The Problem is, how do you make a warranty claim interesting or even sexy?
A web page or card arguing that your manufacturer can't void your warranty for "blah" "blah" "blah" is bound to get very little traction.
Leveraging Content Marketing to Make a “Dry” Topic More Interesting
1. Explore What the Messaging Is In the Current Space
In our case, we went back to customer stories and our buyer personas to figure out how can we fit the language to resemble that with which the customer is already familiar and comfortable.
The messaging our target audience resonated with was edgy, fun and exciting. The Powersports manufacturers ran messages that scored high on attitude and the desire for freedom.
We surmised that our warranty message was pretty bland/generic/standard. To create a compelling message, we either had to restructure our message or be exceptional. When we reviewed the market, our warranty was not exceptional, and since we had no plans to change it, our messaging had to change.
2. Think of Ways to Integrate Your Content With Your Customers' Behaviors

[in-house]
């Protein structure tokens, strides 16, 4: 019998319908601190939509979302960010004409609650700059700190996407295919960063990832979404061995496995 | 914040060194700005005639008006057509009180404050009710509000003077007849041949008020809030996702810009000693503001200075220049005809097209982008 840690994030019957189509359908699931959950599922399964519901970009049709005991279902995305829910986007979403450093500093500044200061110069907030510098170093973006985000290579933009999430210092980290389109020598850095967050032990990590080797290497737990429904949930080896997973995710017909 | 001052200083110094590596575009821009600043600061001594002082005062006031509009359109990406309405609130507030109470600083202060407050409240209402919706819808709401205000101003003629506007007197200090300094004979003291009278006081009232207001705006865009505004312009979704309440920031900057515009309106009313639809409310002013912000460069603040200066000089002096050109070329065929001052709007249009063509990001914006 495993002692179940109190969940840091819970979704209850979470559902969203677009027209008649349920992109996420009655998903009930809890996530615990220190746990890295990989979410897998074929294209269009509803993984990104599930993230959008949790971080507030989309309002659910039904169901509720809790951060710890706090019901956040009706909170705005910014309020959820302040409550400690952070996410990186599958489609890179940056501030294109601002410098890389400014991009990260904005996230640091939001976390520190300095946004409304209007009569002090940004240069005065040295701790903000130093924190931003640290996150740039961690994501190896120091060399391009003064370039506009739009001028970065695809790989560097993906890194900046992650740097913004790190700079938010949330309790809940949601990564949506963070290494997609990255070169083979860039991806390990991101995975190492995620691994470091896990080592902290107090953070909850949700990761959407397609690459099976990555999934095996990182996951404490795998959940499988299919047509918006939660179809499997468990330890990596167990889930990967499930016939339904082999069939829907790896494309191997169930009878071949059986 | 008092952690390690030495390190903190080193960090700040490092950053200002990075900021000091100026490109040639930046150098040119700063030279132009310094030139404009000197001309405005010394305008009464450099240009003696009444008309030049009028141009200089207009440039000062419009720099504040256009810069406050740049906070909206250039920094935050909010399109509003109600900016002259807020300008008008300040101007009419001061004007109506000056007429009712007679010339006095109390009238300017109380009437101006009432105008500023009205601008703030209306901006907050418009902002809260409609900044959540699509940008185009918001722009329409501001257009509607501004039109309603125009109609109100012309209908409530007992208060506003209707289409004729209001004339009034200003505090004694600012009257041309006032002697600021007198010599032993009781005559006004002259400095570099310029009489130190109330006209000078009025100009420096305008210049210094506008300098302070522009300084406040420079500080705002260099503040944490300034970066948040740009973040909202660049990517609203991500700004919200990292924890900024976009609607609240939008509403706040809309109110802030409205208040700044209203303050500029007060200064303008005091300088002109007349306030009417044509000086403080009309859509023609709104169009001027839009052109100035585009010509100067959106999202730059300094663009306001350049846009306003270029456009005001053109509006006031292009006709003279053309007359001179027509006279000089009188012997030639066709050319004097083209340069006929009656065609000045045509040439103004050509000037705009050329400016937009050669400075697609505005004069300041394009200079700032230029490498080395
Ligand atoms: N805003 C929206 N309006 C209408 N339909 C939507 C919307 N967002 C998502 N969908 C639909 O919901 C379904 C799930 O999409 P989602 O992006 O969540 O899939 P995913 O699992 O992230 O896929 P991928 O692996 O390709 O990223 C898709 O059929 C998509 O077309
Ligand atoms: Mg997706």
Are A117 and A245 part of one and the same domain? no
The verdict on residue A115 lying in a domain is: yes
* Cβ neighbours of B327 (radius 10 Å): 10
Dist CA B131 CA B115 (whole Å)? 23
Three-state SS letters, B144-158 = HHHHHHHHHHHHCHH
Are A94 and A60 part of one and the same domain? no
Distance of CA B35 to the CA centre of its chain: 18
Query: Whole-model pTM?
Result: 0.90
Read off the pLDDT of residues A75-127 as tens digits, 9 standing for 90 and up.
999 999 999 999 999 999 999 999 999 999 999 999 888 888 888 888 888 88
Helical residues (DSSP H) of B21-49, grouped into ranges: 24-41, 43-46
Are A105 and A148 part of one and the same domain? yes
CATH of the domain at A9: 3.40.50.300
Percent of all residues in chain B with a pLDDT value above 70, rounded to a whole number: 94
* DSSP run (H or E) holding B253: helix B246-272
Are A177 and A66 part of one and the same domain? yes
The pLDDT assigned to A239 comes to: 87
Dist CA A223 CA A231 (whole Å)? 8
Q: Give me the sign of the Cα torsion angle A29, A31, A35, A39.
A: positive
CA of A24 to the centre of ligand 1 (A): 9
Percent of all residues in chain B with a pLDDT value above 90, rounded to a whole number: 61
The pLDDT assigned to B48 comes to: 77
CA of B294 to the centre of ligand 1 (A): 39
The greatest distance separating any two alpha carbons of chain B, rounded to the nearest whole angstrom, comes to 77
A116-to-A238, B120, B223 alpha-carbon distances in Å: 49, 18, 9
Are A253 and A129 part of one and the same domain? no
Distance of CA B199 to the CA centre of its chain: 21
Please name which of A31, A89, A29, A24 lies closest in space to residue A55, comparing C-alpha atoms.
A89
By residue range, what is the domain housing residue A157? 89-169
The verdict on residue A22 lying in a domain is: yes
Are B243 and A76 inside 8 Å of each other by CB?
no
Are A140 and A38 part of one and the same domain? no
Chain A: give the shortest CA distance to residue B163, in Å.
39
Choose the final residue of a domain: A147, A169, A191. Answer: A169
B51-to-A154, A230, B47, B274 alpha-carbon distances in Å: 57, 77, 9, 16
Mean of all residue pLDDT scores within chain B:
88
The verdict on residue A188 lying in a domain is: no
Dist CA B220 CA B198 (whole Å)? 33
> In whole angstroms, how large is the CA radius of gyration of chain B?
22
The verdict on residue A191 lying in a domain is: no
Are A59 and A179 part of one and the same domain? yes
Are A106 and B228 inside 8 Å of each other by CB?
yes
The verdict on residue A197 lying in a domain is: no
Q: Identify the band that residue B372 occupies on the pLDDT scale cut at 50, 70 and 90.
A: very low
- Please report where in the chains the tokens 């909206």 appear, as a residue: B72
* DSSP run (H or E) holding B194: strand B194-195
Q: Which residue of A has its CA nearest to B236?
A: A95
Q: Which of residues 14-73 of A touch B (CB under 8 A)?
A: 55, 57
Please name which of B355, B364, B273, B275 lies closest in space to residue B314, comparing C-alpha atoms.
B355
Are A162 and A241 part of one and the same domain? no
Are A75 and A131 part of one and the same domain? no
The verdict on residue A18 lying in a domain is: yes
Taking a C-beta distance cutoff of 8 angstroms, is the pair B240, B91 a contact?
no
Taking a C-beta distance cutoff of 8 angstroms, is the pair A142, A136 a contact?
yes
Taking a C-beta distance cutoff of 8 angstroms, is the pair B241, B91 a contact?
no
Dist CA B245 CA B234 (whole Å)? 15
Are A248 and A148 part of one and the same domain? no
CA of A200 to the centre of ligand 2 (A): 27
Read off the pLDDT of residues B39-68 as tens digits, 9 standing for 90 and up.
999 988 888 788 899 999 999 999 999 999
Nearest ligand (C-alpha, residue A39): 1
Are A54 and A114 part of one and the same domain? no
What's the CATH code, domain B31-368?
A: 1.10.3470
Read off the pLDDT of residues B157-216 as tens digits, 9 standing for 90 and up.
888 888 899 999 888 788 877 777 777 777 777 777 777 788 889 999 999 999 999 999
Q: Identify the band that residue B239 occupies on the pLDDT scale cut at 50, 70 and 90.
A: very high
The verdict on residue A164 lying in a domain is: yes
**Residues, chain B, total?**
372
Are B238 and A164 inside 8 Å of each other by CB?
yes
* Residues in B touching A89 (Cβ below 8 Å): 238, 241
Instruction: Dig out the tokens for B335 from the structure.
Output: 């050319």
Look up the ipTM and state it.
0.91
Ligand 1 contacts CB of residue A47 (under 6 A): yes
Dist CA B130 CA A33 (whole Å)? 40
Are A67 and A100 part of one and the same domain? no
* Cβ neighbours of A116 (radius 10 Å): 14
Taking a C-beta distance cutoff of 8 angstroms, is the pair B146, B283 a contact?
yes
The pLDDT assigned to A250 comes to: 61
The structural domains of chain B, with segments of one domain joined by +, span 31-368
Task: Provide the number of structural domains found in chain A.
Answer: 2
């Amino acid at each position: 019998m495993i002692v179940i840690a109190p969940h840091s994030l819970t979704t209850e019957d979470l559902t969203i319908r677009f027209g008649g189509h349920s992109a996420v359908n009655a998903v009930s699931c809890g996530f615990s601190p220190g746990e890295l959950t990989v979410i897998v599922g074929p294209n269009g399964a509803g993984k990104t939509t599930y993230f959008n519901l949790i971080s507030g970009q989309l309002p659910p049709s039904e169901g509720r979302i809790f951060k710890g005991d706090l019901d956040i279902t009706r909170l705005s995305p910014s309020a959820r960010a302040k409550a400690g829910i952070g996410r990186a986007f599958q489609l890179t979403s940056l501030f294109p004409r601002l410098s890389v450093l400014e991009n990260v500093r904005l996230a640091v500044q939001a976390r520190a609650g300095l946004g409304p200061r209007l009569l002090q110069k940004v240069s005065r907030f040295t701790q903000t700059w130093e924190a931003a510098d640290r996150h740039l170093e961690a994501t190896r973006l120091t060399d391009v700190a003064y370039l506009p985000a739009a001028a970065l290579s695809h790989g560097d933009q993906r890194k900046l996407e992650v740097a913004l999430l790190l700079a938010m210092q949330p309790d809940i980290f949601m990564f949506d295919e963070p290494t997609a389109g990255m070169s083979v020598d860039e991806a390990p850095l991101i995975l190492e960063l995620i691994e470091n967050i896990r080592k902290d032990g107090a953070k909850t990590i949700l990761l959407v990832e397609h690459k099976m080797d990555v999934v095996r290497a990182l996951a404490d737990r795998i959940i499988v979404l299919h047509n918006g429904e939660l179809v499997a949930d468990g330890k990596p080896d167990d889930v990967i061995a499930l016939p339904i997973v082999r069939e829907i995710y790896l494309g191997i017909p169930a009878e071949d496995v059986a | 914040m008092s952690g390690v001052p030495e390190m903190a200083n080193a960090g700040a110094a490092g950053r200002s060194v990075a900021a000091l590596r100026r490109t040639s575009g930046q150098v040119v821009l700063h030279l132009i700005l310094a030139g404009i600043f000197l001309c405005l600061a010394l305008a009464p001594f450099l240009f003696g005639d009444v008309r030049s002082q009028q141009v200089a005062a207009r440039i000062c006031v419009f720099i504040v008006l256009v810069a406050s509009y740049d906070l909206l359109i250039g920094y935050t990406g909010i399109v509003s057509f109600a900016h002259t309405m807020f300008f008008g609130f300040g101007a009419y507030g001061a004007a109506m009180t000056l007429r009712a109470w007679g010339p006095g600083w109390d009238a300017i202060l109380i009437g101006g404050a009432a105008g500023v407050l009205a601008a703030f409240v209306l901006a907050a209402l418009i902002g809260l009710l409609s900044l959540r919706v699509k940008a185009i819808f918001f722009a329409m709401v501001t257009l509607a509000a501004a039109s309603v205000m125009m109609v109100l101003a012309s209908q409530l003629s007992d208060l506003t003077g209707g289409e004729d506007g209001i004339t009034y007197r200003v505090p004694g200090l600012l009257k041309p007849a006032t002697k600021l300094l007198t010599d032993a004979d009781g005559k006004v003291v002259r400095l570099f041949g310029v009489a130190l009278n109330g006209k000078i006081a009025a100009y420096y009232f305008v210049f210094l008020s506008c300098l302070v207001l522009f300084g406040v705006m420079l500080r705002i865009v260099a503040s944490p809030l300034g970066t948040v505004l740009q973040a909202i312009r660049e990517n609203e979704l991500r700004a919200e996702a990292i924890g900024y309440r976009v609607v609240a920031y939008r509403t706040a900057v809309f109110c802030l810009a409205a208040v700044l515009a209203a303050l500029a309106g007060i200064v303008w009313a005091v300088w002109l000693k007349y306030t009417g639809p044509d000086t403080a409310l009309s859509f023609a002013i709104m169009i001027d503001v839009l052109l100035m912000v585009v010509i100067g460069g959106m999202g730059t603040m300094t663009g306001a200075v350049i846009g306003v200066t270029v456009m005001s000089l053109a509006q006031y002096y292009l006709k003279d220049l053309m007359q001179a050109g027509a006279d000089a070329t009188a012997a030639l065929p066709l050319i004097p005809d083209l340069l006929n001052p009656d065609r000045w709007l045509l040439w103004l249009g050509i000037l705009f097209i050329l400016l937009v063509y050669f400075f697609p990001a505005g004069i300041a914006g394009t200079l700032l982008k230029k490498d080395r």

The challenge we had was driving people to our website page, or to watch a video about warranties. So, we had to repackage the message in a tone customers could understand and appreciate. A cool/robust landing page was out of the question since our web development team had other priorities. The content had to be compelling.
3. Think About Closing the Loop in Reporting
We proactively tackled the question every content marketer deals with, “Did it drive sales?” by aligning with a different conversion metric — the visitor to lead conversion. We knew it wasn’t enough to just drive traffic to the landing page, or get views on the video. We anticipated the next question would be: “Then what?” To that end, we needed a way to entice people to complete an action tied to a conversion.
The "Runs on Freedom" Campaign
We built a campaign that incorporates website video and social.
The message Runs on Freedom, tied into the customer’s perception about themselves, their toys, popular messaging in the current space, channels for delivering content (online and offline – conversations happen in both channels) and mapping the journey into our buying process.
Runs on Freedom Swag